A Family's Desire to Play Births High Sierra Lacrosse

As high school participation rose in the area, lacrosse enthusiasts, including Johnson, sought to establish youth programs to support that growth.

This article appears in the Pacific Southwest version of our November edition. Don’t get the mag? Join US Lacrosse today to start your subscription.

Jim Johnson caught the lacrosse bug as a student at Johns Hopkins in the 1960s, but it wasn’t until his family moved from the East Coast to Reno, Nev., four decades later that he found his true calling in the sport.

Johnson’s sons were students at Reno High School when one day they returned home from class with a great idea that they just had to share with their dad.

They wanted to start a lacrosse team at the school. 

Go for it, Johnson told his sons. Soon after, they returned with exciting news.

“They came back from school one day all fired up,” Johnson said. “They said, ‘Dad, we’ve got 30 kids interested in playing. Only, we’ve got a problem.’ And of course, the problem was they didn’t have a coach.” 

Johnson decided to become the head coach for the newly formed Reno Huskies. Opponents were scarce. Lacrosse had not yet taken hold in the region. The Huskies repeatedly competed against the same teams during their inaugural season in 2006.

“We played the same guys over and over, and got beaten by them over and over again,” Johnson said.

There were other obstacles.

Reno did not have enough equipment. Johnson applied for and received a US Lacrosse First Stick Program grant, which provided enough gear — including sticks, gloves, helmets and padding — for 20 field players and one goalie.

The Huskies needed liability insurance coverage to play on the school’s field. US Lacrosse provided that, as well, through its membership platform.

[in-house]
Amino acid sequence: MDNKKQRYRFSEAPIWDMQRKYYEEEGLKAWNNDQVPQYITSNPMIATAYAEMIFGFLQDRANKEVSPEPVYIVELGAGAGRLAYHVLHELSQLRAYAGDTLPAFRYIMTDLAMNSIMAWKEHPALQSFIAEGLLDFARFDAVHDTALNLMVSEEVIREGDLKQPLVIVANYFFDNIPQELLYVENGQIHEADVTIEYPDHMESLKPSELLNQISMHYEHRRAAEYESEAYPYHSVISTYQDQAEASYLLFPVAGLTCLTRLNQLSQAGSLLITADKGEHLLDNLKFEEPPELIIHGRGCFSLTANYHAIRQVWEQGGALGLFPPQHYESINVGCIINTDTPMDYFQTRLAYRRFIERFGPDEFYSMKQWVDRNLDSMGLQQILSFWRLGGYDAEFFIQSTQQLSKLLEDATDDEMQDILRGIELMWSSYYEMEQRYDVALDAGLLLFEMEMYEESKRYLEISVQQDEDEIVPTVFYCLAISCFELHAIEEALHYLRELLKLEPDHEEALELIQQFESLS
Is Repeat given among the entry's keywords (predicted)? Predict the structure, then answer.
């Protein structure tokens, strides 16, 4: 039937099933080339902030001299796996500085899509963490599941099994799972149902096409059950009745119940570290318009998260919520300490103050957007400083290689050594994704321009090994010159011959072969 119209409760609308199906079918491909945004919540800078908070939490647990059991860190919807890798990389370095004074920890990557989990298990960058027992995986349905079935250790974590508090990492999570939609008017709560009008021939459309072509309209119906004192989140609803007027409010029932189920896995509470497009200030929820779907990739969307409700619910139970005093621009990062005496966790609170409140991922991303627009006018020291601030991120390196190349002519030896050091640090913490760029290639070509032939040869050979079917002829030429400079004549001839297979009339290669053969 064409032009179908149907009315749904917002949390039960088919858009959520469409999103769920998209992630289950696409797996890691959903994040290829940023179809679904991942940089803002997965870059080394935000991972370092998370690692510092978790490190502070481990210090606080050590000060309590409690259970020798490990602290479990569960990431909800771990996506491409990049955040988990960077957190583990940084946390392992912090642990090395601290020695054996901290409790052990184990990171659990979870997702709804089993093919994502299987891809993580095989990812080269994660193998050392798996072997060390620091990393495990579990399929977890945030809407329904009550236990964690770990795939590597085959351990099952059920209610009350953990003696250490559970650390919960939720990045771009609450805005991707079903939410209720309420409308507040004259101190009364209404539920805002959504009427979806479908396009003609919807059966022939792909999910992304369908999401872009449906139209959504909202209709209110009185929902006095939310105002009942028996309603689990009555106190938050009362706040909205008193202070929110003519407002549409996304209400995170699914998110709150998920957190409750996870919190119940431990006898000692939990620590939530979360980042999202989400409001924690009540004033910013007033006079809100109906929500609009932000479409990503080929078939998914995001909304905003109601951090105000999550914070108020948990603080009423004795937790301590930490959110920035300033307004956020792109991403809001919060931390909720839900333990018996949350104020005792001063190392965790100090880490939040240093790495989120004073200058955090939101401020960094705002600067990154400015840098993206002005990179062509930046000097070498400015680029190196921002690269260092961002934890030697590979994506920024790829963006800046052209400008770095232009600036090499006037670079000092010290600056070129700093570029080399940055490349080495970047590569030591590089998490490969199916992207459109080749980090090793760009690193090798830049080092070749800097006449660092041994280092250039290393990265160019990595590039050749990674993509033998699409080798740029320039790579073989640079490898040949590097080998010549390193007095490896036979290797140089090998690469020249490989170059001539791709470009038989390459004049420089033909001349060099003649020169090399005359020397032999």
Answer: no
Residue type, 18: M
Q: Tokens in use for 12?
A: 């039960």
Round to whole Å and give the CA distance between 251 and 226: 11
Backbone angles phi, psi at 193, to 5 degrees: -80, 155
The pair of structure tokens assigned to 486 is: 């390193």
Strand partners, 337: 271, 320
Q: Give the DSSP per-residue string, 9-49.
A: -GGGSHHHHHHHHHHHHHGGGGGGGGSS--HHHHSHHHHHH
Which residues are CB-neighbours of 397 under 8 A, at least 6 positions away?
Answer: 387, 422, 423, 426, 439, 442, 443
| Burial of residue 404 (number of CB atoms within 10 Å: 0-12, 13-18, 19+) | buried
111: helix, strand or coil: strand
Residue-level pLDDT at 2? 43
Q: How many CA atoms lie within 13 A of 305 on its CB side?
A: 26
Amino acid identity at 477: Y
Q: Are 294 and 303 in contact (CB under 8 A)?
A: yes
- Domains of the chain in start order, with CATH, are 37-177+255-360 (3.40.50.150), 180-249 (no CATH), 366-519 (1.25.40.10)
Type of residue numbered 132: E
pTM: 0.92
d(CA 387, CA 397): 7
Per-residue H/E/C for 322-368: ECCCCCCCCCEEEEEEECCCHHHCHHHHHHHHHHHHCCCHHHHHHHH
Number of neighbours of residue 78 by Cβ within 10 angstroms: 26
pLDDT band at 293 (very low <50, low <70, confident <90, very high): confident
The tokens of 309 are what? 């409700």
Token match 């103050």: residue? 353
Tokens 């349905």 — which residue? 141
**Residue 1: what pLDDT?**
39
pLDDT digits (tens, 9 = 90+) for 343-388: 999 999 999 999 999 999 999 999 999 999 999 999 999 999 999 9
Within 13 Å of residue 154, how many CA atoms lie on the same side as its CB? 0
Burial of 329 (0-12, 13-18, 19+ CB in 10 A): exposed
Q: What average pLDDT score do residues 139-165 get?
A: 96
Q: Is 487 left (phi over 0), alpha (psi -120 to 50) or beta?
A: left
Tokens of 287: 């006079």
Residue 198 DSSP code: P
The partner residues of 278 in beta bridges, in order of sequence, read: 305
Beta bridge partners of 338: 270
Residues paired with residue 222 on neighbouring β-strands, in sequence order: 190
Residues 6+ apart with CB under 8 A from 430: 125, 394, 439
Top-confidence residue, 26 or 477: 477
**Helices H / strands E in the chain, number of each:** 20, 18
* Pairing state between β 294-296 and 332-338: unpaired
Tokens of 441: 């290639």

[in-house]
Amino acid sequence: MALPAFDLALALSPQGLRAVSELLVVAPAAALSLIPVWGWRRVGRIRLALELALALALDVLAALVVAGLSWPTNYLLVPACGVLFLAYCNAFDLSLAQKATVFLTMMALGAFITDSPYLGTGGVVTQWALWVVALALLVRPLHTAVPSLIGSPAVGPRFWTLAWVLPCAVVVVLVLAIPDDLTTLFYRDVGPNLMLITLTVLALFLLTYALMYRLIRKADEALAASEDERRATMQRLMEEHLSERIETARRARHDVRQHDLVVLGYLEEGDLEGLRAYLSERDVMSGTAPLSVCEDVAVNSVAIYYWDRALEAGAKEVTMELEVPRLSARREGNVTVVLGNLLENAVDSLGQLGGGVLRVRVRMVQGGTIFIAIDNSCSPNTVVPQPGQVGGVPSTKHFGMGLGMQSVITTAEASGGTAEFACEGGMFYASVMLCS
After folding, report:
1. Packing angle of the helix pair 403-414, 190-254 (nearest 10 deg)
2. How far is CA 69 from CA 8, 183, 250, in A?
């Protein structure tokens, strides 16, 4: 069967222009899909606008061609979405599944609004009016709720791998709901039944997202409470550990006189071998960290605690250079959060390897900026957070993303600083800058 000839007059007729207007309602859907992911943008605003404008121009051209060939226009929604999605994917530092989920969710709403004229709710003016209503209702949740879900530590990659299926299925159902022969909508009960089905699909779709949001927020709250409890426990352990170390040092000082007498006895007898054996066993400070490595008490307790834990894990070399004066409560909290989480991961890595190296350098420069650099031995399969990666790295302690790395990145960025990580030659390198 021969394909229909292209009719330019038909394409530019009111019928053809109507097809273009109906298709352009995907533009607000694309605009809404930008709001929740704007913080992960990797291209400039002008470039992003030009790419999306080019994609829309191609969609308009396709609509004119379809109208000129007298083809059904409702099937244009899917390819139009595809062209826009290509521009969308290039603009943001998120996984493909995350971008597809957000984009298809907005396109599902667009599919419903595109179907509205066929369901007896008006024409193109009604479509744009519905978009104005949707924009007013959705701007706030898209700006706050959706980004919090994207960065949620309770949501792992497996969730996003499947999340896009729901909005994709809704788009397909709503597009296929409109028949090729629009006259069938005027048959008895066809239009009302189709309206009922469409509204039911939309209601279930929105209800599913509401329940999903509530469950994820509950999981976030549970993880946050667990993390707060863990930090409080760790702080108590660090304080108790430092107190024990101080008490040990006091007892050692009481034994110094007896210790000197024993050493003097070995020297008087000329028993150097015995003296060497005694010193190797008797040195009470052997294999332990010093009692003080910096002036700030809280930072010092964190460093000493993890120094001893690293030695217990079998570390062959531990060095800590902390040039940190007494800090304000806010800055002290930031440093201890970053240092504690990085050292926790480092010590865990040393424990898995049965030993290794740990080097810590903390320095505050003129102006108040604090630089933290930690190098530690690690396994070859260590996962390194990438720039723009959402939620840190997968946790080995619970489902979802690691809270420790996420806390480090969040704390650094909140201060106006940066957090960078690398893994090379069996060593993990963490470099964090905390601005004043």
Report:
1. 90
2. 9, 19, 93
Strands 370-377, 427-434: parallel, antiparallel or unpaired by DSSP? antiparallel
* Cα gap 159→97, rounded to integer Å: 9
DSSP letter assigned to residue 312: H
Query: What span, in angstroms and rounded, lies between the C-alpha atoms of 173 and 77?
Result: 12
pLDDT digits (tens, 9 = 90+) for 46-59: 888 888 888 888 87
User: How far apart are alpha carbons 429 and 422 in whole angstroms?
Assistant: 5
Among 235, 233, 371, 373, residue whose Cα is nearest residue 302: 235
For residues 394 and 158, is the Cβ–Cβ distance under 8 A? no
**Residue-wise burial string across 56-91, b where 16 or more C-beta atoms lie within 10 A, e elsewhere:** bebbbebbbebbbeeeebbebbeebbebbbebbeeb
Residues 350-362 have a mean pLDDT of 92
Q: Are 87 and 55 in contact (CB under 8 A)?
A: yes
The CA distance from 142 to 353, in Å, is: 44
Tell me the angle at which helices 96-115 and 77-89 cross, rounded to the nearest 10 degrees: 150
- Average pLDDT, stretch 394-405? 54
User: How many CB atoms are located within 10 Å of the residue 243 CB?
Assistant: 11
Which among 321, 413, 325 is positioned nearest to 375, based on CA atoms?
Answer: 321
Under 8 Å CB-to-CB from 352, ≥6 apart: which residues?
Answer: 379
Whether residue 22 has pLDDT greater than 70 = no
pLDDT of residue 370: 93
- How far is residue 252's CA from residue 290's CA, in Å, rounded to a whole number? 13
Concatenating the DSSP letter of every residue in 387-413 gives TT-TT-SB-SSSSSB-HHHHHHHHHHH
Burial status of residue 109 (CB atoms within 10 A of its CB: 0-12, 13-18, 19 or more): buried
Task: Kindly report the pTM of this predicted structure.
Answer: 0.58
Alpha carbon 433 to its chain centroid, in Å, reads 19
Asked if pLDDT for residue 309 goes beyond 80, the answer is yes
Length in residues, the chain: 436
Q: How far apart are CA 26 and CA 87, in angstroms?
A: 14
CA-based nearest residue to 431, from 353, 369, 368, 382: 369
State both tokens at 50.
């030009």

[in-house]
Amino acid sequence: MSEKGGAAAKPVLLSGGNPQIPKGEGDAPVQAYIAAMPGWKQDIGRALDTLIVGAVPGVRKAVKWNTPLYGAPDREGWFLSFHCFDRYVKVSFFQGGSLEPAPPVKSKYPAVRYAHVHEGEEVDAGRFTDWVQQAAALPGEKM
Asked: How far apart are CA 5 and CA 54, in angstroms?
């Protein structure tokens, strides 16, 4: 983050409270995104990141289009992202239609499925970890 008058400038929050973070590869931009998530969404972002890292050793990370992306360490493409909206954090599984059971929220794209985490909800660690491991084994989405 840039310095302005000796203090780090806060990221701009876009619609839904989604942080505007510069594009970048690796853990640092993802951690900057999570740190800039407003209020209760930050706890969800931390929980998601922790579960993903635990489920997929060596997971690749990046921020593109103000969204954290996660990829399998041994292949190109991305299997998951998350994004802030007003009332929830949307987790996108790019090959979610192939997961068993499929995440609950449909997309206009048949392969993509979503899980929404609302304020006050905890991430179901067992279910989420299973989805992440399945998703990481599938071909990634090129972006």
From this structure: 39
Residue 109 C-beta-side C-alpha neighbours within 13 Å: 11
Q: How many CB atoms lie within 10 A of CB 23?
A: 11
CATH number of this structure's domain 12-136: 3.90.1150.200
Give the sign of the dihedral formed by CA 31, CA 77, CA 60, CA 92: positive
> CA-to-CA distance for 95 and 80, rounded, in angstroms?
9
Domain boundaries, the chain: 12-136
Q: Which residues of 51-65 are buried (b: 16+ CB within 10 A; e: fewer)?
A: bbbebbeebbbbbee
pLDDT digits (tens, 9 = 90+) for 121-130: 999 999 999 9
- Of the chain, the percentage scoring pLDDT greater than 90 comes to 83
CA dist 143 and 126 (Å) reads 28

Johnson didn’t realize it at the time, but simply fielding a lacrosse team at Reno High School would be a seminal moment for the sport in the Reno-Tahoe area. Kids from other schools would show up at Huskies practices and ask if they could play for the team, even though they weren’t Reno students. Johnson happily obliged. Soon, they formed teams of their own. 

“As early as the beginning of the league, we leveraged the programs US Lacrosse offers to grow the sport,” said Eric Peacock, treasurer for High Sierra Lacrosse, which oversees high school and youth lacrosse in the area.

As high school participation rose in the area, lacrosse enthusiasts, including Johnson, sought to establish youth programs to support that growth. A group in Truckee, Calif., a short drive from Reno, started raising money to help grow the game in their community and formed the non-profit Tahoe Truckee Lacrosse Association (TTLA). 

To separate growth initiatives from game administration, the TTLA created the High Sierra Lacrosse League and rebranded its philanthropic arm as High Sierra Lacrosse Foundation.

Today, the High Sierra Lacrosse League consists of 69 boys’ and girls’ teams from 8U through high school, not including fall clinic, winter box and summer travel programs.

Johnson, meanwhile, serves as president of the High Sierra Lacrosse Foundation, which seeds the sport in communities that don’t currently have access to it. 

In August, the foundation received a grant from US Lacrosse to host a TryLax clinic at Billinghurst Middle School in Reno. Eighty-three kids attended the clinic, nearly a third of whom registered for the ensuing fall ball session. The HSLF plans to apply for additional TryLax days to host in sister cities that do not have programs currently set up. 

“They are a prime example of a community-based lacrosse organization that embodies all of the values of US Lacrosse,” said Lyn Porterfield, director of the Pacific and Mountain regions for US Lacrosse.

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